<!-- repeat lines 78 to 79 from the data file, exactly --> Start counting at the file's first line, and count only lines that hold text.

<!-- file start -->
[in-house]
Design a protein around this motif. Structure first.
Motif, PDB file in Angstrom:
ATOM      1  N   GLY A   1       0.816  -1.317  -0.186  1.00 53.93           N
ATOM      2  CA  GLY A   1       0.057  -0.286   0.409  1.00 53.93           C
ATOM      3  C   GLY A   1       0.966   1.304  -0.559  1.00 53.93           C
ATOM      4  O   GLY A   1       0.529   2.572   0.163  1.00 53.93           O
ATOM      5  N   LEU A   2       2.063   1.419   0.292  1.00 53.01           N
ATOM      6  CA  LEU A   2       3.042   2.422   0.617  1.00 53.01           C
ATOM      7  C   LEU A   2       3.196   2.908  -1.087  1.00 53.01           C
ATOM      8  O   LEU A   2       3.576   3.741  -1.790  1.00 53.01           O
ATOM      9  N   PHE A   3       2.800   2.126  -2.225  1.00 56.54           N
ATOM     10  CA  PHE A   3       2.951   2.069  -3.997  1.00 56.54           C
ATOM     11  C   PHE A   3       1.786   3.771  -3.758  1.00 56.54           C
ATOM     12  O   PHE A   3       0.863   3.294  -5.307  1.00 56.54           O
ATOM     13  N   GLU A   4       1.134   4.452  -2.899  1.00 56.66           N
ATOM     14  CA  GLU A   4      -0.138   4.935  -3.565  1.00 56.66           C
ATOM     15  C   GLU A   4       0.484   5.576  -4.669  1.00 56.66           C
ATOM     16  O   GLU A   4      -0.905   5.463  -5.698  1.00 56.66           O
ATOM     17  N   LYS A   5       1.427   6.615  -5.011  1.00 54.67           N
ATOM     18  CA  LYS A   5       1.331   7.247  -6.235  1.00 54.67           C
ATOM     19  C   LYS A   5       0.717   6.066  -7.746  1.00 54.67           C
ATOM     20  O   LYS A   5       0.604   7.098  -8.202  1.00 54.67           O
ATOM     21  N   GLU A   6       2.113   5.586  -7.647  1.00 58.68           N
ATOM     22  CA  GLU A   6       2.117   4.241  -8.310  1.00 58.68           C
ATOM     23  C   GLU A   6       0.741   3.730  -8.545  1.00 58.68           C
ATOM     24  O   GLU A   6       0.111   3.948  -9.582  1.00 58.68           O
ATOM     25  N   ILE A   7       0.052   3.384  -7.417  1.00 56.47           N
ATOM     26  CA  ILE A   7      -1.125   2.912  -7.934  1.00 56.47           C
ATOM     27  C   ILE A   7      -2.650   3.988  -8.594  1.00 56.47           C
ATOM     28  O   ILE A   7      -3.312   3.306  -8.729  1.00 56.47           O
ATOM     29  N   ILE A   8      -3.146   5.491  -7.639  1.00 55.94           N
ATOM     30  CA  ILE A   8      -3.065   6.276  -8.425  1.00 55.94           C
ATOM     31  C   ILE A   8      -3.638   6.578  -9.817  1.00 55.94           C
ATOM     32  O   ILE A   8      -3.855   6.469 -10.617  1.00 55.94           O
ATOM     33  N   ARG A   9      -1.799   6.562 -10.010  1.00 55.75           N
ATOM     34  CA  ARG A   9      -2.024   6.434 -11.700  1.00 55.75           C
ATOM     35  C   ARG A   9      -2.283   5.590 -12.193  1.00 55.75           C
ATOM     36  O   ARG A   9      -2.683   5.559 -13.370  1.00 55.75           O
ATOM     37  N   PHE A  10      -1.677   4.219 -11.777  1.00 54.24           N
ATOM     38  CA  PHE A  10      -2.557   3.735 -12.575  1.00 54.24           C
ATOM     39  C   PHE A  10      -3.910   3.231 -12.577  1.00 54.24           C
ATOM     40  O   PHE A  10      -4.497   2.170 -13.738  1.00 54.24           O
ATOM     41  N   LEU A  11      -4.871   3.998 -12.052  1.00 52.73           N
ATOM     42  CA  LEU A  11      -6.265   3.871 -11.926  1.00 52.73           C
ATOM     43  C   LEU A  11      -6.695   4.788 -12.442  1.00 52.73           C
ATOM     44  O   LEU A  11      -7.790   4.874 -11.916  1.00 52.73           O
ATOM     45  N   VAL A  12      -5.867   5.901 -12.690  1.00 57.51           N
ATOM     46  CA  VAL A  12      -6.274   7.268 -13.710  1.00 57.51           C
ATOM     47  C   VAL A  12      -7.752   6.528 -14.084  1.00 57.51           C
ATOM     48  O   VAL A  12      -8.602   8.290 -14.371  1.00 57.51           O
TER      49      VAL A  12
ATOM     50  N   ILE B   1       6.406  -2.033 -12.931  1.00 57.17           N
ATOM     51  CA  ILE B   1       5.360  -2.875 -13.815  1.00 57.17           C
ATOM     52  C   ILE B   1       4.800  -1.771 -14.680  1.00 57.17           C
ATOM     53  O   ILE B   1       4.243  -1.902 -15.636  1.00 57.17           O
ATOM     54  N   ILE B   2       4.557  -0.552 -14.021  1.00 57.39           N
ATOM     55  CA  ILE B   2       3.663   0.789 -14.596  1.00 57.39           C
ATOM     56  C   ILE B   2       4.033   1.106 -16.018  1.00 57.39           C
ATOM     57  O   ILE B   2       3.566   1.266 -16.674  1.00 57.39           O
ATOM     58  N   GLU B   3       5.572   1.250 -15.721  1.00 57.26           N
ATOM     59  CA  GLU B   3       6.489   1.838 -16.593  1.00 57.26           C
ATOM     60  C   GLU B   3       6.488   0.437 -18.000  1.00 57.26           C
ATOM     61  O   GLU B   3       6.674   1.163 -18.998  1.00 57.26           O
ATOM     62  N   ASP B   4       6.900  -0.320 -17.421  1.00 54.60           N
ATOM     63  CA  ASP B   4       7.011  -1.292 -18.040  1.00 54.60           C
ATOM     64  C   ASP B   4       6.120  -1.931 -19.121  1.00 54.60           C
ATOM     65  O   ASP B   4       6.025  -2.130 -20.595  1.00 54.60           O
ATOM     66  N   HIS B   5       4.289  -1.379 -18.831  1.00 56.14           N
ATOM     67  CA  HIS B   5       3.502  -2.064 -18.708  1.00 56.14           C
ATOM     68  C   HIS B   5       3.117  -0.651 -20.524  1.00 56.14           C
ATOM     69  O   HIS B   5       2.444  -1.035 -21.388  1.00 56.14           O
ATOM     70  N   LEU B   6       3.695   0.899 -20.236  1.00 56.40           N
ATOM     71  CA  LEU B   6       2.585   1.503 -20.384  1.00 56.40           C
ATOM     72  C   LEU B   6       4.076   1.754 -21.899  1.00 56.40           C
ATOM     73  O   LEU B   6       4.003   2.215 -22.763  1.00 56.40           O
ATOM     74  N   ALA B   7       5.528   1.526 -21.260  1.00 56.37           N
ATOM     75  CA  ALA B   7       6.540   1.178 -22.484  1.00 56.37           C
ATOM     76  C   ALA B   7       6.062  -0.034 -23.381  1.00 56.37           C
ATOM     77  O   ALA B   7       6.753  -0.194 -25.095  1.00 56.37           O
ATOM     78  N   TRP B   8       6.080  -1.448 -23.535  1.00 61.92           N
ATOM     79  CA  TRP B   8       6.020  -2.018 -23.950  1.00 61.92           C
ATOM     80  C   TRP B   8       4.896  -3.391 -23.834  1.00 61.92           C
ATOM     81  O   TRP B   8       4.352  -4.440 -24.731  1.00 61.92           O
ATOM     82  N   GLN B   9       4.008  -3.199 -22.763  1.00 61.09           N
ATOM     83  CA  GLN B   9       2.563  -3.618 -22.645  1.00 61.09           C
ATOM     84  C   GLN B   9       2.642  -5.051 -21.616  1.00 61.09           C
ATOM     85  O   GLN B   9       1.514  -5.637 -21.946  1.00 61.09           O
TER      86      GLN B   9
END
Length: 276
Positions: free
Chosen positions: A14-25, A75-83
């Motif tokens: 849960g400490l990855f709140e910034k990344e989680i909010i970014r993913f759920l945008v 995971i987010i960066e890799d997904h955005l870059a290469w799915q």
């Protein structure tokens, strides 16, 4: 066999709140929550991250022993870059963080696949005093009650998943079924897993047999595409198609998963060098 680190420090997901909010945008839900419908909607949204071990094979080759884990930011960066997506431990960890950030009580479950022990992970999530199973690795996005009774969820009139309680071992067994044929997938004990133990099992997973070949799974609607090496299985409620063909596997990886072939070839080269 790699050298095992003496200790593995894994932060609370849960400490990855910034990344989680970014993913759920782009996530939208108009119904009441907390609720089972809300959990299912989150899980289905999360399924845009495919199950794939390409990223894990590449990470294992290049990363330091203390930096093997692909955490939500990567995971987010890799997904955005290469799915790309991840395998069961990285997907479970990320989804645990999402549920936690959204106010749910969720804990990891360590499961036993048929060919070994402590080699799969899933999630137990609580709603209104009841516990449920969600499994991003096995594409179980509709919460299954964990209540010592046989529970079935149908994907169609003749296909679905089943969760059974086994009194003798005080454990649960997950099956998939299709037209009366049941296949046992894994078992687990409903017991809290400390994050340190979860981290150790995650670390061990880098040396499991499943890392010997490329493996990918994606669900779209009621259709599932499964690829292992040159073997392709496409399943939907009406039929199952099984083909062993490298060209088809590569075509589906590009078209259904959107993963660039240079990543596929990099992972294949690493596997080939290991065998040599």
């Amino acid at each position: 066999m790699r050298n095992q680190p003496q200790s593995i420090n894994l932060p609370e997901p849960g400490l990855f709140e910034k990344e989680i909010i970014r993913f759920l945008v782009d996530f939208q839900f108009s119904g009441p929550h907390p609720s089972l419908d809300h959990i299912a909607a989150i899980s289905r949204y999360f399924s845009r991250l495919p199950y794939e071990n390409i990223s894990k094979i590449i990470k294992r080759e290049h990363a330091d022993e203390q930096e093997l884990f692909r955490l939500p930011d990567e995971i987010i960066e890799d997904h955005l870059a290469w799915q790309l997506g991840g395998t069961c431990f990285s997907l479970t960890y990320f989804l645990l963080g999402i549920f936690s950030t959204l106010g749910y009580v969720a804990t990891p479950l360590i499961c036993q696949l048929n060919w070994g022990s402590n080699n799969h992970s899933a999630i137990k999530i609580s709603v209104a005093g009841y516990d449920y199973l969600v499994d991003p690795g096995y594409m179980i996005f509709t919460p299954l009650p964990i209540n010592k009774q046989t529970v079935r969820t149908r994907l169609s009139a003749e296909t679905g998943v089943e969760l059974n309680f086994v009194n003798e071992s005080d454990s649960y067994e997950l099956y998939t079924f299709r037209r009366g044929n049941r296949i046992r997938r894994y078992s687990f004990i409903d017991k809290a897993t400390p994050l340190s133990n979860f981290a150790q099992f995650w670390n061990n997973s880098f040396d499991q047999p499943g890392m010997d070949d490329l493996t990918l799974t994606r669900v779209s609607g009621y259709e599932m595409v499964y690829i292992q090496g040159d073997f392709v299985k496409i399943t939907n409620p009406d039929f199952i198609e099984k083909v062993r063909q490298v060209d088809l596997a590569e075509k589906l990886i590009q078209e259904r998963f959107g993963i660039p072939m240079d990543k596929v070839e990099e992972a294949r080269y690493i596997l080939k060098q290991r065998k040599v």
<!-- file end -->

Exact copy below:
ATOM     75  CA  ALA B   7       6.540   1.178 -22.484  1.00 56.37           C
ATOM     76  C   ALA B   7       6.062  -0.034 -23.381  1.00 56.37           C